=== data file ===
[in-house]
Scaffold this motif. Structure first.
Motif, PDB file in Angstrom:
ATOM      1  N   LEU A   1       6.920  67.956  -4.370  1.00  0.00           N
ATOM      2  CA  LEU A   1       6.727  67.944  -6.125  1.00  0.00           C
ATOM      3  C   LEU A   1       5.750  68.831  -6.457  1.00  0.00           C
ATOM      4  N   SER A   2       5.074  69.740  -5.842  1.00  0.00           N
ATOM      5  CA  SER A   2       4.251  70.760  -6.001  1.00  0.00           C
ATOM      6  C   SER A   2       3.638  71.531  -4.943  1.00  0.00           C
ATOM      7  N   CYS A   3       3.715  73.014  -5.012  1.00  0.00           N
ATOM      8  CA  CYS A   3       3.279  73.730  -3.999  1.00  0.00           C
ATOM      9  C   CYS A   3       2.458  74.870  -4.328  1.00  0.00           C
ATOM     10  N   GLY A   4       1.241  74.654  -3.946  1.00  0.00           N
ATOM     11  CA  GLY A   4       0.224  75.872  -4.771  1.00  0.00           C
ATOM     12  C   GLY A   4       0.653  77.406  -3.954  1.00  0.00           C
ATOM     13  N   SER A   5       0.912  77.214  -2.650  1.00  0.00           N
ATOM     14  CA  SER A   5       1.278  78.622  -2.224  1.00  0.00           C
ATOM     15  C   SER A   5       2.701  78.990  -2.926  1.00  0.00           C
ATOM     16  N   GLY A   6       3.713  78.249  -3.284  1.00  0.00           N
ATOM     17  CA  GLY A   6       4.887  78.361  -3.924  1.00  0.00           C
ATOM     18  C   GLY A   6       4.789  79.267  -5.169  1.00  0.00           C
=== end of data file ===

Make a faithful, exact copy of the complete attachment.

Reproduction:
[in-house]
Scaffold this motif. Structure first.
Motif, PDB file in Angstrom:
ATOM      1  N   LEU A   1       6.920  67.956  -4.370  1.00  0.00           N
ATOM      2  CA  LEU A   1       6.727  67.944  -6.125  1.00  0.00           C
ATOM      3  C   LEU A   1       5.750  68.831  -6.457  1.00  0.00           C
ATOM      4  N   SER A   2       5.074  69.740  -5.842  1.00  0.00           N
ATOM      5  CA  SER A   2       4.251  70.760  -6.001  1.00  0.00           C
ATOM      6  C   SER A   2       3.638  71.531  -4.943  1.00  0.00           C
ATOM      7  N   CYS A   3       3.715  73.014  -5.012  1.00  0.00           N
ATOM      8  CA  CYS A   3       3.279  73.730  -3.999  1.00  0.00           C
ATOM      9  C   CYS A   3       2.458  74.870  -4.328  1.00  0.00           C
ATOM     10  N   GLY A   4       1.241  74.654  -3.946  1.00  0.00           N
ATOM     11  CA  GLY A   4       0.224  75.872  -4.771  1.00  0.00           C
ATOM     12  C   GLY A   4       0.653  77.406  -3.954  1.00  0.00           C
ATOM     13  N   SER A   5       0.912  77.214  -2.650  1.00  0.00           N
ATOM     14  CA  SER A   5       1.278  78.622  -2.224  1.00  0.00           C
ATOM     15  C   SER A   5       2.701  78.990  -2.926  1.00  0.00           C
ATOM     16  N   GLY A   6       3.713  78.249  -3.284  1.00  0.00           N
ATOM     17  CA  GLY A   6       4.887  78.361  -3.924  1.00  0.00           C
ATOM     18  C   GLY A   6       4.789  79.267  -5.169  1.00  0.00           C